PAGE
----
For want of real responses, the Kremlin responds asymmetrically – it switches on television at full blast. Vladimir Solovyov responded asymmetrically to hostile challenges in the “Evening” program on September 5, 2018. The “Orientalist” Bagdasarov said that Patriarch Bartholomew is a “man of straw,” and it is not he but some mysterious “other people” who made a decision on autocephaly. “The state must stand up with all its might for its citizens in Ukraine, including our believers,” Bagdasarov demanded. And, as usual, he began to throw a scare: “What Poroshenko is after – autocephaly – is a terrible thing!” Solovyov immediately supported him: “God forbid this happens! A religious war will break out!”

Then the “political scientist” Mikheyev joined the religion-related debate, announcing: “A schism in the worldwide Orthodoxy is in the offing!” Solovyov immediately agreed with him, saying meaningfully: “The year 1054!” Comparing the current defeat of the Russian Orthodox Church with the Great Schism that shaped the destiny of Europe for a thousand years is an overt manifestation of megalomania which Putin’s inner circle and information aides are inclined to.

To rebuff Theresa May, the “Evening” studio got in touch with the London-based “political scientist” Aleksandr Nekrasov who always introduces himself as former advisor of Boris Yeltsin. If it is true, this only proves that the late Yeltsin was a poor judge of character, which is also confirmed by another job placement whose consequences Russia and the whole globe have been facing for almost 20 years now. Nekrasov is known for many original ideas, including the claims that “Putin could also win elections in Britain” and that Boris Nemtsov was killed near the Kremlin by runaway oligarchs. “Experts” of this kind are in special demand on Russian television today.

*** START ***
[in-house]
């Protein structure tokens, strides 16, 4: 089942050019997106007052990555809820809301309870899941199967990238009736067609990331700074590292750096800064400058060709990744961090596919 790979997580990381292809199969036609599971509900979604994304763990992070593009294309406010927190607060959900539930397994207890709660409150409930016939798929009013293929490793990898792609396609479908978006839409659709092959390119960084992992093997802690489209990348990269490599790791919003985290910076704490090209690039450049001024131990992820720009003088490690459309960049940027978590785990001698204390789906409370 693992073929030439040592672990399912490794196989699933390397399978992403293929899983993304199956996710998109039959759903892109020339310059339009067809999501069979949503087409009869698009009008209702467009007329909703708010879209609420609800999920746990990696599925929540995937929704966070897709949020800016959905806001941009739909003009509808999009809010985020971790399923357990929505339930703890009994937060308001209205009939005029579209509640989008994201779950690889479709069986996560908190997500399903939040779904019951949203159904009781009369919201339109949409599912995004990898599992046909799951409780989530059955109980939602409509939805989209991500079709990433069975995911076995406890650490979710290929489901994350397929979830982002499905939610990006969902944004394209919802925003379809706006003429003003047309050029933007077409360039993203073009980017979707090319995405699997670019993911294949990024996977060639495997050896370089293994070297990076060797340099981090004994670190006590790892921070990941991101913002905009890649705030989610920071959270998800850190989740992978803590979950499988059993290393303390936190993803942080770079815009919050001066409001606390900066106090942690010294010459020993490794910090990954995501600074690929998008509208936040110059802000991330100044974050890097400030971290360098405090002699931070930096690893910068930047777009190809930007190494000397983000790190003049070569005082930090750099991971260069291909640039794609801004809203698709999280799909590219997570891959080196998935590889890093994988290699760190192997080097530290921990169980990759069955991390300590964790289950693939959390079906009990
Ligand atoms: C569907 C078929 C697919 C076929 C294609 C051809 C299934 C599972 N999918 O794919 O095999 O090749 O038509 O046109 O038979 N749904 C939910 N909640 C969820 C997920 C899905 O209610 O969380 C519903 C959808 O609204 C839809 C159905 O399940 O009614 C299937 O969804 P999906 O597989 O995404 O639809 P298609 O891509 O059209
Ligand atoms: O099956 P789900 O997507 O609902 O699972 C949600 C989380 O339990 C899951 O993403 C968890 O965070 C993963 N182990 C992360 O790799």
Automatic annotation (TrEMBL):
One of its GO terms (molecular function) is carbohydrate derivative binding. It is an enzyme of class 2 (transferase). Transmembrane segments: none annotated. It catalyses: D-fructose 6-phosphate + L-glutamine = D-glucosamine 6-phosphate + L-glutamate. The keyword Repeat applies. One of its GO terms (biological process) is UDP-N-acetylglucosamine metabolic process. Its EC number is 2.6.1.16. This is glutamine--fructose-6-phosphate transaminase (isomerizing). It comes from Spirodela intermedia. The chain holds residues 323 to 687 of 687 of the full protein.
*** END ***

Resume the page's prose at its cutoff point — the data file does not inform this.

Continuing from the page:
To prove Russia’s non-participation in the attempted murder of the Skripals, “political scientist” Nekrasov asked a rhetorical question: “Does Russia need this? There must be some motive.” He added that “the best minds” still cannot understand why Russia should want to kill Skripal. The fact that Sergey Skripal is the former colonel of the General Intelligence Directorate and was convicted in Russia for espionage, while people with such facts in their life stories tend, for some reason, to die a violent death, failed to prompt “the best minds” the real motive for killing Skripal. Yet Nekrasov himself immediately identified the reason why Theresa May is blaming Russia.

It turns out that “Britain is in a very difficult economic situation.” The “political scientist” Nekrasov’s face beamed sympathy for the hapless British. “Two million children starved in Britain throughout August!” Nekrasov spoke out in anger, barely checking tears in his voice. At this moment, I suddenly recalled the numerous clips that showed kindhearted Russian women from “Putin squads,” who sympathize with ordinary Americans and are ready to shelter and save them from American hell.

Meanwhile, “political scientist” Nekrasov was putting the wind up: “The situation here (in the West) is desperate. Japan has touched rock bottom. Germany has fallen. In America, things are not as sweet as everybody thinks. Their ‘Facebooks’ cost billions, but they create nothing.”

The office called URJ suggests quite reasonably that licenses be introduced for video bloggers. The point is that you can only believe what people like Nekrasov, Bagdasarov, and Solovyov are saying if you know nothing about the world. But if, in addition to the lies that blare from the TV screen, people come to know that the average pension is 102,000 rubles, i.e. 7.7 times as high as in Russia, in Japan which is on the rocks, 93,000 rubles, i.e. 6.8 times as high as in Russia, in Germany which has fallen, the lazy and benign indifference of most Russians to the leadership and its TV liars can give way to virulent hatred.

The main problem of Putin and his information aides is that they are trying to tackle 21st-century problems with 19th-to-mid-20th-century methods, namely, with lies, bans, and violence. This tactic no longer works. There are only flops ahead.

By Igor YAKOVENKO, Moscow, special to The Day